Otto Wächter

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Otto Wächter (c. 1942)

Baron Otto Gustav von Wächter (8 July 1901, Vienna, Austria-Hungary – 14 July 1949, Rome, Italy[1]) was an Austrian lawyer, Nazi politician and member of the SS, a paramilitary organisation of the Nazi Party with the rank, in 1944, of SS-Gruppenführer (Major General).

During the occupation of Poland in World War II, he was the Governor of the district of Kraków in the General Government and then of the District of Galicia (now for the most part in Ukraine). Later, in 1944, he was appointed as head of the German Military Administration in the puppet state of the Republic of Salò in Italy. During the last two months of the war he was responsible for the non-German forces at the Reich Main Security Office (RSHA) in Berlin.

In 1940 68,000 Jews were expelled from Kraków and in 1941 the Kraków Ghetto was created for the remaining 15,000 Jews by his decrees. On 28 September 1946 the Polish government requested the Military Governor of the United States Zone that Wächter be delivered to Poland for trial for "mass murder, shooting and executions. Under his command of District Galicia more than one hundred thousand Polish citizens lost their lives,...”

He managed to evade the Allied authorities for 4 years. In 1949, Wächter was given refuge by pro-Nazi Austrian bishop Alois Hudal in the Vatican where he died the same year, aged 48, allegedly from kidney disease although some sources[who?] claim he died of poisoning.[why?][2]

1901–1934 Early life and Nazi activist[edit]

Otto Gustav von Wächter was the third child and only son of Martha (née Pfob), daughter of the owner of the Graben Hotel in Vienna Centre. His father, Joseph Freiherr von Wächter, was born in northern Bohemia and served in the Austro-Hungarian Army. In the last year of the First World War, Joseph Freiherr von Wächter was decorated with the Knight's Cross of the Order of Maria Theresia, which earned him the title of Freiherr (Baron).

In 1922, after the First Austrian Republic was established, he was twice nominated as Minister of Defence in the Cabinet of Monsignor Dr Ignaz Seipel. Wächter spent his first years in Vienna before the family moved to Trieste then, Austria, in 1908. For the duration of World War I he lived in southern Bohemia, studying and taking his A-levels in 1919 at the České Budějovice, where everyday life was dominated by the national differences between Germans and Czechs.

The family moved to Vienna, where Wächter studied law and joined a number of diverse national and sporting organizations. In 1923 he joined the SA and became Austrian Champion in M8+ (eight-man rowing team). He received his doctorate in 1925 and in 1929 began practicing as a lawyer. His clients included indicted members of the Nazi Party, which he joined on 24 October 1930 (party No: 301093). On 11 September 1932, Wächter married Charlotte Bleckmann (born 20 October 1908), daughter of a Styrian steel magnate.[3]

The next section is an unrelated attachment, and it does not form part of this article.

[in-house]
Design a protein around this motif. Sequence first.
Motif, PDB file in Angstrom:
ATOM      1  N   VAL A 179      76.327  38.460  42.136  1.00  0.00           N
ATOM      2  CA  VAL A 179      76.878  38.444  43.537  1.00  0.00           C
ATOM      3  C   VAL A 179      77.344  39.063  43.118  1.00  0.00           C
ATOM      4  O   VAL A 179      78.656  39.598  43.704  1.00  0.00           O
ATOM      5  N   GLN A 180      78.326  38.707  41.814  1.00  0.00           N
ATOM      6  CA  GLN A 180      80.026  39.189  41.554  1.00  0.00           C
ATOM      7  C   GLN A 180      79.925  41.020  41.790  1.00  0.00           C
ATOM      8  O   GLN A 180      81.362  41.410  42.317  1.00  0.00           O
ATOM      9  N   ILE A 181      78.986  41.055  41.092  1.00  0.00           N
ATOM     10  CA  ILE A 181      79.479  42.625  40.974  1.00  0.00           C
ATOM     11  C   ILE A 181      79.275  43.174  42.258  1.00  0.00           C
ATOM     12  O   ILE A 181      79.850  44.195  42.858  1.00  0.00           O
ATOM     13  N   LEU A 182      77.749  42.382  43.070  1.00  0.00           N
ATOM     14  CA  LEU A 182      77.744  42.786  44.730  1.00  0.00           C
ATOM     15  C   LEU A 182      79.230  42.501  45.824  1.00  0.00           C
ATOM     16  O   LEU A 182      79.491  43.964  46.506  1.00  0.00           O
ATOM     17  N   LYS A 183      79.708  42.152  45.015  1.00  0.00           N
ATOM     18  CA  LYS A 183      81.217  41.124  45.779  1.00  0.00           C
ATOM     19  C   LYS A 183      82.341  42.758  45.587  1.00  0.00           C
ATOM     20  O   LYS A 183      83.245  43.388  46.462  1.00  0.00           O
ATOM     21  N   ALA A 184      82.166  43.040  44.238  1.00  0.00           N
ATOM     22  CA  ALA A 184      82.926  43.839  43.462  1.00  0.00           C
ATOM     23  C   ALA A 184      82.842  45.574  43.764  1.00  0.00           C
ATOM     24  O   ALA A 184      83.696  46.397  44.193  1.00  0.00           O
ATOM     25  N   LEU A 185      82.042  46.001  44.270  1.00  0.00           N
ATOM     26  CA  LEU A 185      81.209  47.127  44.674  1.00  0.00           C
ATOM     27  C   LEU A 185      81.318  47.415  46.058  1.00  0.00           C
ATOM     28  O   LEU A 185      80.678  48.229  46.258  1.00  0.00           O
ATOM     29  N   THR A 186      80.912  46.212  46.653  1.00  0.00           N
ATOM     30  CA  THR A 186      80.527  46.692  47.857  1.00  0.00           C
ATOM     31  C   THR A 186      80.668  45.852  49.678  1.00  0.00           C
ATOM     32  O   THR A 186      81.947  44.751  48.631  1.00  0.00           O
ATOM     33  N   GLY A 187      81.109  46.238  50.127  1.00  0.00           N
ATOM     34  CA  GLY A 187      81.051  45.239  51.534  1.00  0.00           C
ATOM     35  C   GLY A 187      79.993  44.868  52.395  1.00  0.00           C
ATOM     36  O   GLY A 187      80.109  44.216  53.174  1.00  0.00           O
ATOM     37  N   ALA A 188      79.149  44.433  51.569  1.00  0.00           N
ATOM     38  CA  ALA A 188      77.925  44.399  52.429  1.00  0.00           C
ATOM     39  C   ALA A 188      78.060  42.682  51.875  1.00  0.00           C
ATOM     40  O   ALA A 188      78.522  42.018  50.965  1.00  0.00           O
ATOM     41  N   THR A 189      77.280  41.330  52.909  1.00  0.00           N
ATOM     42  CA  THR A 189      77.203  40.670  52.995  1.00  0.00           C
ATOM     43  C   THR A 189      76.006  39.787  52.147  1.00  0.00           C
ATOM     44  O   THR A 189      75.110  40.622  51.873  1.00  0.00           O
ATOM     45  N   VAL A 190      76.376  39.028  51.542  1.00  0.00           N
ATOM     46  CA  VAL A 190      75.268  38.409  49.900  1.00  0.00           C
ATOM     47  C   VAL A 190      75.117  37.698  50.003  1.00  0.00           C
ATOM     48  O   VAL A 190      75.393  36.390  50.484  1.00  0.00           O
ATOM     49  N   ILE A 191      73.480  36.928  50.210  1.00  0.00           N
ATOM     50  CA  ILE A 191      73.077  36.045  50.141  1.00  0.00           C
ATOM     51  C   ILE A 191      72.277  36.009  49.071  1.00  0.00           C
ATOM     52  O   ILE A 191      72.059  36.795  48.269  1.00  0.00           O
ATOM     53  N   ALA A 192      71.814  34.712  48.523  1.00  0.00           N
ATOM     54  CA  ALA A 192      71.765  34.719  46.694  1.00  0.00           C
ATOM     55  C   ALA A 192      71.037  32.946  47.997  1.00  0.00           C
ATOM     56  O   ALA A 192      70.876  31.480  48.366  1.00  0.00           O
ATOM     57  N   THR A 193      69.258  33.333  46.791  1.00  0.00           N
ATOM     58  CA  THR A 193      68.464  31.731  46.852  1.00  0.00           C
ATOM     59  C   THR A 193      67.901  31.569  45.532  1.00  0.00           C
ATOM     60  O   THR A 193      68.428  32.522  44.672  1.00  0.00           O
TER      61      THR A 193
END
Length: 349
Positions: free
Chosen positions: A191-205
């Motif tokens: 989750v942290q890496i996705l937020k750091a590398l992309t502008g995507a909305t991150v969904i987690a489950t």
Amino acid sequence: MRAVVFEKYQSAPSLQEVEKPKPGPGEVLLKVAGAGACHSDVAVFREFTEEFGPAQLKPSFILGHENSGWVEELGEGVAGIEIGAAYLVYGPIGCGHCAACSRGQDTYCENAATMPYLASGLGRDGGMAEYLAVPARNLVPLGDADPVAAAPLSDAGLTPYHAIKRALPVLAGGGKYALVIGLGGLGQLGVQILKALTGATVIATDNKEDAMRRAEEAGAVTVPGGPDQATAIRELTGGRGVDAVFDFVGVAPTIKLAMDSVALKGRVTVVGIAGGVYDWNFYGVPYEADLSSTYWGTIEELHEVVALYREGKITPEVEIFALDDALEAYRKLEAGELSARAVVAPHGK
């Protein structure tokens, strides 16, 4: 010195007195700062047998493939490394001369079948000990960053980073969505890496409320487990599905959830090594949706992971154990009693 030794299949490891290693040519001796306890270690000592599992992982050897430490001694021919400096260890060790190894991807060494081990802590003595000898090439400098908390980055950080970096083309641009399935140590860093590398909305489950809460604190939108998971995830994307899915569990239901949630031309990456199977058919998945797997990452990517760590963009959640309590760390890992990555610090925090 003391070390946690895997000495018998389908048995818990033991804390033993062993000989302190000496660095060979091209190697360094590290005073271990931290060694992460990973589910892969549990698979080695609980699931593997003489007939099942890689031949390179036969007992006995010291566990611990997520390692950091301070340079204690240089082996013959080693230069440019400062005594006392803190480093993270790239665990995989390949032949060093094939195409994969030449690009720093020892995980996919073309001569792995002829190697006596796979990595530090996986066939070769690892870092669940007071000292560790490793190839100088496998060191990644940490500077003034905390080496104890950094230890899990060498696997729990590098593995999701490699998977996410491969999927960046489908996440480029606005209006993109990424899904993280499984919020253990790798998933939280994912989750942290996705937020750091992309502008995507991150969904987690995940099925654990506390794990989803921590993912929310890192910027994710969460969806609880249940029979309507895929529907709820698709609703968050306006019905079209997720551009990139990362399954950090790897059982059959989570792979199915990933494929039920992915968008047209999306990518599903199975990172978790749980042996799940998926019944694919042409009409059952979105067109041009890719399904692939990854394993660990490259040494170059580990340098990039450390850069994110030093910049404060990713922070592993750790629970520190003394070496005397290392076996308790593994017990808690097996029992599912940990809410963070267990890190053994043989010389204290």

Wächter continued to work for the Nazi Party in Vienna as organizer and defender of accused Nazis in court and subsequently played a leading role in the organization of the failed July Putsch of 25 July 1934, which eventually led to the assassination of Chancellor Engelbert Dollfuss. After the failed coup, Wächter fled to Nazi Germany. He entered the SS on 1 January 1932, (SS No: 235368) and completed his German military service in Freising, Bavaria. In 1935 his Austrian citizenship was denied and German citizenship conferred upon him while he completed his academic training and education as a lawyer in Germany. In 1937 he started working in the relief organization of Austrian NS-refugees in Berlin.

1938–1939 State Secretary in the Nazi government in Vienna[edit]

Following the “Anschluss”, (the annexation of Austria into Nazi Germany) on 12 March 1938, Wächter held the post of state commissar in the "Liquidation Ministry" under the Nazi governor of Austria, Arthur Seyss-Inquart, from 24 May 1938 to 30 April 1939.[citation needed] The government body he headed known as the "Wächter-Kommission", and responsible for the dismissal and/or compulsory retirement of all Austrian officials who did not conform with the Nazi regime. Because of the fact that the former Austrian bureaucracy was strictly Anti-Semitic, only a small fraction of the officials were actually dismissed.[4]

1939–1941: Governor of Kraków, Poland[edit]

Hans Frank with districts administrators in 1942 from left: Ernst Kundt, Ludwig Fischer, Hans Frank, Otto Wächter, Ernst Zörner, Richard Wendler.

Following the defeat of Poland in September 1939, the Germans established a puppet state known as the General Government which was ruled over by Hans Frank. Until 1940 his deputy was Arthur Seyss-Inquart, who took Wächter with him to the General Government, where he was appointed as Governor of the administrative district of Kraków.